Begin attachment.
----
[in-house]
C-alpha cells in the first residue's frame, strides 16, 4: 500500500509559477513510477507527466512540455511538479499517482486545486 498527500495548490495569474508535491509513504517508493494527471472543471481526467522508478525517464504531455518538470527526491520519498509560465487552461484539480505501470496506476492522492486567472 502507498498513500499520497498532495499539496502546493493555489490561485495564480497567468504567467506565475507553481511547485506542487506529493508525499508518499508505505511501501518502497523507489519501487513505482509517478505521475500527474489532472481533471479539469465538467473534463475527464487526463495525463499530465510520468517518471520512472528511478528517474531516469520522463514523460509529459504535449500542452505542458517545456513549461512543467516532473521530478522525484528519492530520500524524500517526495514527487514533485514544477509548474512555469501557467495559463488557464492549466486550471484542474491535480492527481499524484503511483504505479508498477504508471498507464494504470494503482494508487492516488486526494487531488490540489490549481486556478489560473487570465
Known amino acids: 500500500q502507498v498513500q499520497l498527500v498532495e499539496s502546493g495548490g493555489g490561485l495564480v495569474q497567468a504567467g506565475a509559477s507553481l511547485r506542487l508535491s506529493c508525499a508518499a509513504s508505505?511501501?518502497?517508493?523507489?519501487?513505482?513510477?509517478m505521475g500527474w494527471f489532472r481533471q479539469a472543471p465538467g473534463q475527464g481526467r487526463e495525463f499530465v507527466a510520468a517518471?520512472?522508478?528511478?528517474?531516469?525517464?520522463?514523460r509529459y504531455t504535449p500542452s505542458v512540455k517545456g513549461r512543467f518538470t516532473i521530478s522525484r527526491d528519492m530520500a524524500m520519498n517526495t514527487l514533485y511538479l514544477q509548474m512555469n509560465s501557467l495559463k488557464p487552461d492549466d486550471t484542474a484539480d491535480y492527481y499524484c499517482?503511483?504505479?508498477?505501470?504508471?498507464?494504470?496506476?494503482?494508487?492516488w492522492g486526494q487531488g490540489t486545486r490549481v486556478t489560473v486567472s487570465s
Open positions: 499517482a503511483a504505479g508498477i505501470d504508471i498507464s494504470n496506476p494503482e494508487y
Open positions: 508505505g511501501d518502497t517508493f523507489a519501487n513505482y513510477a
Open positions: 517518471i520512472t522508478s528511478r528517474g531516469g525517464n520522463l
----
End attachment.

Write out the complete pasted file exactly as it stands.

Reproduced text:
[in-house]
C-alpha cells in the first residue's frame, strides 16, 4: 500500500509559477513510477507527466512540455511538479499517482486545486 498527500495548490495569474508535491509513504517508493494527471472543471481526467522508478525517464504531455518538470527526491520519498509560465487552461484539480505501470496506476492522492486567472 502507498498513500499520497498532495499539496502546493493555489490561485495564480497567468504567467506565475507553481511547485506542487506529493508525499508518499508505505511501501518502497523507489519501487513505482509517478505521475500527474489532472481533471479539469465538467473534463475527464487526463495525463499530465510520468517518471520512472528511478528517474531516469520522463514523460509529459504535449500542452505542458517545456513549461512543467516532473521530478522525484528519492530520500524524500517526495514527487514533485514544477509548474512555469501557467495559463488557464492549466486550471484542474491535480492527481499524484503511483504505479508498477504508471498507464494504470494503482494508487492516488486526494487531488490540489490549481486556478489560473487570465
Known amino acids: 500500500q502507498v498513500q499520497l498527500v498532495e499539496s502546493g495548490g493555489g490561485l495564480v495569474q497567468a504567467g506565475a509559477s507553481l511547485r506542487l508535491s506529493c508525499a508518499a509513504s508505505?511501501?518502497?517508493?523507489?519501487?513505482?513510477?509517478m505521475g500527474w494527471f489532472r481533471q479539469a472543471p465538467g473534463q475527464g481526467r487526463e495525463f499530465v507527466a510520468a517518471?520512472?522508478?528511478?528517474?531516469?525517464?520522463?514523460r509529459y504531455t504535449p500542452s505542458v512540455k517545456g513549461r512543467f518538470t516532473i521530478s522525484r527526491d528519492m530520500a524524500m520519498n517526495t514527487l514533485y511538479l514544477q509548474m512555469n509560465s501557467l495559463k488557464p487552461d492549466d486550471t484542474a484539480d491535480y492527481y499524484c499517482?503511483?504505479?508498477?505501470?504508471?498507464?494504470?496506476?494503482?494508487?492516488w492522492g486526494q487531488g490540489t486545486r490549481v486556478t489560473v486567472s487570465s
Open positions: 499517482a503511483a504505479g508498477i505501470d504508471i498507464s494504470n496506476p494503482e494508487y
Open positions: 508505505g511501501d518502497t517508493f523507489a519501487n513505482y513510477a
Open positions: 517518471i520512472t522508478s528511478r528517474g531516469g525517464n520522463l